Where are we to find such bottles? It’s harder than you might think, particularly if you want to drink something at 12% or below. White wines from the cooler parts of viticultural Europe, such as the Loire Valley, northern Italy, the Mosel and even Bordeaux are good places to start looking. Sparkling wines, also produced in more marginal climates, tend to be naturally low in alcohol, as does Aussie Semillon. But that’s about it. If you like red wines, you can pretty much forget it.
I am excluding, by the way, any wines that use technology (reverse osmosis or spinning cones) to remove alcohol, because they are invariably disgusting. Far better to drink a sweet Moscato d’Asti (5.5%) or a medium sweet German Riesling (as low as 7%), both made by arresting fermentation, or a wine that is picked early, than one of these confections. It’s possible that yeast companies will come up with something that produces lower levels of alcohol in future, but for now I’d advise you to choose wines that are naturally light footed.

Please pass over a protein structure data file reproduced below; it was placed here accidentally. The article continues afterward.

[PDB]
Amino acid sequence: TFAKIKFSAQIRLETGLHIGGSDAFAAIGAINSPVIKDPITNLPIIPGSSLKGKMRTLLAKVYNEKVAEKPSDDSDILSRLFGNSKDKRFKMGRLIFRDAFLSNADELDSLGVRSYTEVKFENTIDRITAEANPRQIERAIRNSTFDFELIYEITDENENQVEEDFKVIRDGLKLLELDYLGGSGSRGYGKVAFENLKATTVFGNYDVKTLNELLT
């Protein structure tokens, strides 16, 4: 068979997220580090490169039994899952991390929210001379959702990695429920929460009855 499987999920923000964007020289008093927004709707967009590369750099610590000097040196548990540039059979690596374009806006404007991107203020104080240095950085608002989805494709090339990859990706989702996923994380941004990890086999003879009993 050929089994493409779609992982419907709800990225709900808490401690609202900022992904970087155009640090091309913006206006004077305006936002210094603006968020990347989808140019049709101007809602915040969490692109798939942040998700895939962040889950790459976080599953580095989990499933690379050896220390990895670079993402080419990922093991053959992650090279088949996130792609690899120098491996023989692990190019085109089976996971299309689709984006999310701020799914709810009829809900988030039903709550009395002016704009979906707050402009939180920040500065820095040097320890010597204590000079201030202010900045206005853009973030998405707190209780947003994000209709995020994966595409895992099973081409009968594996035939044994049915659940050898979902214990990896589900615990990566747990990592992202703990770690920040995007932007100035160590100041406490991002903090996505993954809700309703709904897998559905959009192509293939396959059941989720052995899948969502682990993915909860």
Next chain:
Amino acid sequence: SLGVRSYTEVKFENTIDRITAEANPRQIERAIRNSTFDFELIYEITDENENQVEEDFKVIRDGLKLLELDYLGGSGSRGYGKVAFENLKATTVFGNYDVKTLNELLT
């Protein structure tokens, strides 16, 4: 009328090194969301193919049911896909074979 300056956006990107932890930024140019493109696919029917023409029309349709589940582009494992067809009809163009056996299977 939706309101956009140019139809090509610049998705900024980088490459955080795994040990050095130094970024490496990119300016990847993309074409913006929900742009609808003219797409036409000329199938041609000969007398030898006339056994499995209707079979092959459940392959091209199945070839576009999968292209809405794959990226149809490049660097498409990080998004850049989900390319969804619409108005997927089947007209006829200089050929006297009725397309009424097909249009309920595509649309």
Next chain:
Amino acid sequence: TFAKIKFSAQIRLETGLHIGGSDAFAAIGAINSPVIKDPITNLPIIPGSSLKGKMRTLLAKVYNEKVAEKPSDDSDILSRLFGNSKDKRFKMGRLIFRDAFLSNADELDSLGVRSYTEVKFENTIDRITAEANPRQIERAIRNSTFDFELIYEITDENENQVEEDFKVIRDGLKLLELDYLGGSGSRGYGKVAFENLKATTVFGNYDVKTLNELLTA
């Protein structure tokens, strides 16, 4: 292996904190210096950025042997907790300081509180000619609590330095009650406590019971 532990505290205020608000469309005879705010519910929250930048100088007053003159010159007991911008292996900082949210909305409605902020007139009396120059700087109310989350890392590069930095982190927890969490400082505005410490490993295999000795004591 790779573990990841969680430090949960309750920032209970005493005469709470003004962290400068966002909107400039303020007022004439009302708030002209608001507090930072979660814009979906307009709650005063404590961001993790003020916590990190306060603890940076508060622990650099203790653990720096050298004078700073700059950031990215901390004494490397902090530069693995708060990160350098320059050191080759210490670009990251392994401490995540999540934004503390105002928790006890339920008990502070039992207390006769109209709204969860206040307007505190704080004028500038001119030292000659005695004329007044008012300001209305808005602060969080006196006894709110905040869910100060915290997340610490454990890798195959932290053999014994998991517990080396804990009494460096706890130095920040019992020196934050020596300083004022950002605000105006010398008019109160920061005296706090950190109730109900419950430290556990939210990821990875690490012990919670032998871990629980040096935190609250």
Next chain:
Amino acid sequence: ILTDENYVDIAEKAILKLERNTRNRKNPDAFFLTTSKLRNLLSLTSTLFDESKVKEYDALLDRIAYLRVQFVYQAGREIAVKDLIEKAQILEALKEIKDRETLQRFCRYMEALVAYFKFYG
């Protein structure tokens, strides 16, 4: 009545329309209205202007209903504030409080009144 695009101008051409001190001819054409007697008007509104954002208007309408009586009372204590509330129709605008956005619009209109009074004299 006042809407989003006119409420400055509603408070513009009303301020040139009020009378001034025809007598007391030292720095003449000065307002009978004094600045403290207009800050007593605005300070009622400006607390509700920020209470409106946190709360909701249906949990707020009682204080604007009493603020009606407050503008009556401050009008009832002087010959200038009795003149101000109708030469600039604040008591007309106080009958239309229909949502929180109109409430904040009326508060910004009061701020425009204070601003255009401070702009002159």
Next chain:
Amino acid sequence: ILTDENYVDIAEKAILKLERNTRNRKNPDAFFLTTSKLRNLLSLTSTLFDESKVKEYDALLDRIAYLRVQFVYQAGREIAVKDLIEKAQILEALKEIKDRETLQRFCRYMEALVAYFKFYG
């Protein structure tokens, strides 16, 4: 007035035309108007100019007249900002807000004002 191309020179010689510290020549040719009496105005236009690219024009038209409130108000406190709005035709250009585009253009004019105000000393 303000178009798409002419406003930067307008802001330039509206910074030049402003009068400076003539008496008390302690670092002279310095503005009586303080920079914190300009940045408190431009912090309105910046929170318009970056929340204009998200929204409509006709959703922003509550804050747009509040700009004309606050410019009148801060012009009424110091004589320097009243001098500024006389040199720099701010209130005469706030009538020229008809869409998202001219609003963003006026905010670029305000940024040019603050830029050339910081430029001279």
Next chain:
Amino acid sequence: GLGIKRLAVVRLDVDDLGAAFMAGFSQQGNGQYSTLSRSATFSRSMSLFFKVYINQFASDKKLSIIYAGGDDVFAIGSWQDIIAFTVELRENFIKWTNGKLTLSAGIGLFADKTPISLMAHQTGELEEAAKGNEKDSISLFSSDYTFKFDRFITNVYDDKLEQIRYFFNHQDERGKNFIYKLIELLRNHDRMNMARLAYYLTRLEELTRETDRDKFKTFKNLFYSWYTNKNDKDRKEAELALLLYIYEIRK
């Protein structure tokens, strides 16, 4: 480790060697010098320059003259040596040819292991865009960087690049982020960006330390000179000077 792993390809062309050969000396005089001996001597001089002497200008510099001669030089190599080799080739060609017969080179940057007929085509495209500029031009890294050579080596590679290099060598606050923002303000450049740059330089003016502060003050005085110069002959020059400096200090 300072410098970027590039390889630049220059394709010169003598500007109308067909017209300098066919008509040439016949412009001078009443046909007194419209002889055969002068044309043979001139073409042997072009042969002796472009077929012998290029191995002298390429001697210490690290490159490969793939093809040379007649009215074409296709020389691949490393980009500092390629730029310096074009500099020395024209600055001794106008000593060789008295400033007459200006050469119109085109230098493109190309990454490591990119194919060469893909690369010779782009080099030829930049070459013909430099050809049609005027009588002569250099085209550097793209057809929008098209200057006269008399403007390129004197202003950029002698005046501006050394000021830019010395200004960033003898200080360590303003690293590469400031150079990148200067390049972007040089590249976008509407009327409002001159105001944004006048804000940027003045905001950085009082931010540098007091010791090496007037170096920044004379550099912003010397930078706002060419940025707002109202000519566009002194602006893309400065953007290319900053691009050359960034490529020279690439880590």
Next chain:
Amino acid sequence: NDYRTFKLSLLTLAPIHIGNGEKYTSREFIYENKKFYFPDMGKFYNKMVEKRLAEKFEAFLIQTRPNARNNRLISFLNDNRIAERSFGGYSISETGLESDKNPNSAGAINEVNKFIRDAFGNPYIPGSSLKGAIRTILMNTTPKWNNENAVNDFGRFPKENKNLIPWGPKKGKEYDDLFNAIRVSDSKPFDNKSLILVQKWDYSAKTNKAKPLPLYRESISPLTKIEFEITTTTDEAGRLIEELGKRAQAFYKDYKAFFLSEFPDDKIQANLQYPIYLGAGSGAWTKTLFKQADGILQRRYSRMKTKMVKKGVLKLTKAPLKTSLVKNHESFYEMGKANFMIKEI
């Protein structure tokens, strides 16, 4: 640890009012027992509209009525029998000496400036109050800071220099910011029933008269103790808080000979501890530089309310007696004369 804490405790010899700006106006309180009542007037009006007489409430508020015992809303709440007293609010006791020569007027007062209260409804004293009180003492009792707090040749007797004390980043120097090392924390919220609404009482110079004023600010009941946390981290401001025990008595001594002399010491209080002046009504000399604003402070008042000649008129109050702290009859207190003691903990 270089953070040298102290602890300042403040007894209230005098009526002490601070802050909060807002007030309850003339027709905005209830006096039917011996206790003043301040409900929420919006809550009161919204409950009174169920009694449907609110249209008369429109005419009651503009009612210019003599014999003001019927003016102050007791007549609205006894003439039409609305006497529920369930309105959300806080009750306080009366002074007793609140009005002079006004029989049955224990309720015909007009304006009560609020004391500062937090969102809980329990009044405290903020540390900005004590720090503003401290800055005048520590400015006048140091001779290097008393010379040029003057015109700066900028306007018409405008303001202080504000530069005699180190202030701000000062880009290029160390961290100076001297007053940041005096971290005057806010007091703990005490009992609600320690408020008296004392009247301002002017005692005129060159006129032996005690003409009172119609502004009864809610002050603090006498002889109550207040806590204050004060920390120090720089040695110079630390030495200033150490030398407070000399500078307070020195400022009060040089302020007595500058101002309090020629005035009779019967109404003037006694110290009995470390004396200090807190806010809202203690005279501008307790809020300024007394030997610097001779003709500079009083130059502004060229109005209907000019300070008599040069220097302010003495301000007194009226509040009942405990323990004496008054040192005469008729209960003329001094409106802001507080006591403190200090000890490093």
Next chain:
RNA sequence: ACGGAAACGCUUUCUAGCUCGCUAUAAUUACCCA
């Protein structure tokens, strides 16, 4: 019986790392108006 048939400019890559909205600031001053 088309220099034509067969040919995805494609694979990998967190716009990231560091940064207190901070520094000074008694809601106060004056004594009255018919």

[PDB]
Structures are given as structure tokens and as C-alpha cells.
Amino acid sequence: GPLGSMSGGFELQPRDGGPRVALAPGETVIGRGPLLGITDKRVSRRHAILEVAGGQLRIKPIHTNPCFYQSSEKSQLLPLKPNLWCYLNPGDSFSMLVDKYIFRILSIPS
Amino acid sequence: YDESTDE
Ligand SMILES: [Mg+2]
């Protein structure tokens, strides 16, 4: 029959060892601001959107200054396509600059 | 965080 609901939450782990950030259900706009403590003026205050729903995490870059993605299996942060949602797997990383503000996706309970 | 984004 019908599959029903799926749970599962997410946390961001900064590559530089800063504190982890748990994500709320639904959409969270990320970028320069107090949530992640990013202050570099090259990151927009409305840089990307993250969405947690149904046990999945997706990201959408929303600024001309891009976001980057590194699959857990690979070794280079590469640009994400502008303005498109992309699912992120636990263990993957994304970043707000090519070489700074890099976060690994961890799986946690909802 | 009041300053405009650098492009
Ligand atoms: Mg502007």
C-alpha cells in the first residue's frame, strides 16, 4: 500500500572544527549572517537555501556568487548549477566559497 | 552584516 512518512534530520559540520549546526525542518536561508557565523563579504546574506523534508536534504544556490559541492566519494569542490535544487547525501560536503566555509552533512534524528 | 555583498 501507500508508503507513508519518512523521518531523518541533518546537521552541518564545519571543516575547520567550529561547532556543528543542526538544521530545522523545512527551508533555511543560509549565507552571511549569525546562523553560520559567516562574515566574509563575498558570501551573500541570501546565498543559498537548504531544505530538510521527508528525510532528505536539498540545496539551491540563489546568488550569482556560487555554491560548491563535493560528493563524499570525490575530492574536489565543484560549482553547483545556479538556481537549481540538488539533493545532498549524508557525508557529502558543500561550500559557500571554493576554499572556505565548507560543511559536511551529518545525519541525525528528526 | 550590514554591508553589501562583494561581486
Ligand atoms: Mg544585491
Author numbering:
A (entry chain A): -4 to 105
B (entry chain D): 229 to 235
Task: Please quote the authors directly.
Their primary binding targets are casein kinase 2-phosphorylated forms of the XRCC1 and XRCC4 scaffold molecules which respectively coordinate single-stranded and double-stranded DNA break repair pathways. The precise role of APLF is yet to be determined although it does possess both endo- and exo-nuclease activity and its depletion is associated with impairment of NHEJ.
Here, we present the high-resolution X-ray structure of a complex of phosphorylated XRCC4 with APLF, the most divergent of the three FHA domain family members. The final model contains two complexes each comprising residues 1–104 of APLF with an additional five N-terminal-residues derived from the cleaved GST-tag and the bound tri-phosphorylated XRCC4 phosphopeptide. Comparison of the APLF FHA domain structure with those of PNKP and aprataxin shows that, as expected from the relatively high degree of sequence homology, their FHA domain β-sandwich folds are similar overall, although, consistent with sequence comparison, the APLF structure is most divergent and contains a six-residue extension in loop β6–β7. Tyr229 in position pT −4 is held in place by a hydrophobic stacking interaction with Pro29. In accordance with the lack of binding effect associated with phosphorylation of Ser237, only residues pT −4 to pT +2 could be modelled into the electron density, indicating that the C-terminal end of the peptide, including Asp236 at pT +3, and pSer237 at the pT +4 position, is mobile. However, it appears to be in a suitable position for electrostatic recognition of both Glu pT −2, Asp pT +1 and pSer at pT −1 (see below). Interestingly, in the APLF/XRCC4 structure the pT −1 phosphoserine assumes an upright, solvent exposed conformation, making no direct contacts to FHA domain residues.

Six wines that I would happily drink under the magic 12% barrier are the tangy, crisp, gooseberryish 2008 J&F Lurton Sauvignon Blanc, Les Fumés Blanches, Vin de Pays du Comté Tolosan (£5.99 each for two, 12%, Majestic), the zippy, mealy, seafood-friendly 2008 Taste the Difference Muscadet de Sèvre et Maine Sur Lie (£5.99, 12%, Sainsbury’s), the mature, buttery, unoaked 2005 Peter Lehmann Semillon, Barossa Valley (£5.99, 11.5%, Tesco), the poised, appley, medium sweet, 2006 Brauneberger Juffer Riesling Kabinett, Fritz Haag, Mosel (£15.50, 8%, www.layandwheeler.com, 0845 330 1855) and fizzes such as Waitrose’s spicy Cava Brut NV (£6.49, 11.5%) and the malty Bluff Hill Brut, East Coast (£8.99, 12%, Marks & Spencer from New Zealand. Not quite 1961 claret, but very quaffable nonetheless.
Originally published In The Observer